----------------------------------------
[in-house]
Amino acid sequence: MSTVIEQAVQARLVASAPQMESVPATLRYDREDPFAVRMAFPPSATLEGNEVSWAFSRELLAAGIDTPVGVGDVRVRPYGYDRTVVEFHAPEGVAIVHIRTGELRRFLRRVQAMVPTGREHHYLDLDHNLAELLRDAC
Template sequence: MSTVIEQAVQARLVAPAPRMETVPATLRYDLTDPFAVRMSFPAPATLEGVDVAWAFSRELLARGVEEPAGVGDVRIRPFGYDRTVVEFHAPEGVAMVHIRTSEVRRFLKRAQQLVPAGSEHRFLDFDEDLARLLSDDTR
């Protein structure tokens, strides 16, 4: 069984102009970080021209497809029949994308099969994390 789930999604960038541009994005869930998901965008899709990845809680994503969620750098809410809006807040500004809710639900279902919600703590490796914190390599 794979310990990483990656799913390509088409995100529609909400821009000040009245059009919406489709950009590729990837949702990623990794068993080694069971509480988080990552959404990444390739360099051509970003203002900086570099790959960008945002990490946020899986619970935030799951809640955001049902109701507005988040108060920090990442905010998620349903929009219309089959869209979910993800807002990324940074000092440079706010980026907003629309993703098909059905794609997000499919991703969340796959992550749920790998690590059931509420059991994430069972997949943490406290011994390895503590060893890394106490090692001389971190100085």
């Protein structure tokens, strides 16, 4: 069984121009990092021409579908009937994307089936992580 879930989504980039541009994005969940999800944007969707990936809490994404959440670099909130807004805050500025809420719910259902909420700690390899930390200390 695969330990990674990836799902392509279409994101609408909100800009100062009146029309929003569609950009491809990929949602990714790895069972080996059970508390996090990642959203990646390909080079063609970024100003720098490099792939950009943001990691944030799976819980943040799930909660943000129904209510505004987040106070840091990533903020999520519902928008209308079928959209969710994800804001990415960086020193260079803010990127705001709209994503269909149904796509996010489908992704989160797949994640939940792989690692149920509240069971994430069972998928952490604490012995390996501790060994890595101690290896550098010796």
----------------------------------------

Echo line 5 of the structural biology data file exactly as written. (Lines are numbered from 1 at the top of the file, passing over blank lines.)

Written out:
């Protein structure tokens, strides 16, 4: 069984121009990092021409579908009937994307089936992580 879930989504980039541009994005969940999800944007969707990936809490994404959440670099909130807004805050500025809420719910259902909420700690390899930390200390 695969330990990674990836799902392509279409994101609408909100800009100062009146029309929003569609950009491809990929949602990714790895069972080996059970508390996090990642959203990646390909080079063609970024100003720098490099792939950009943001990691944030799976819980943040799930909660943000129904209510505004987040106070840091990533903020999520519902928008209308079928959209969710994800804001990415960086020193260079803010990127705001709209994503269909149904796509996010489908992704989160797949994640939940792989690692149920509240069971994430069972998928952490604490012995390996501790060994890595101690290896550098010796």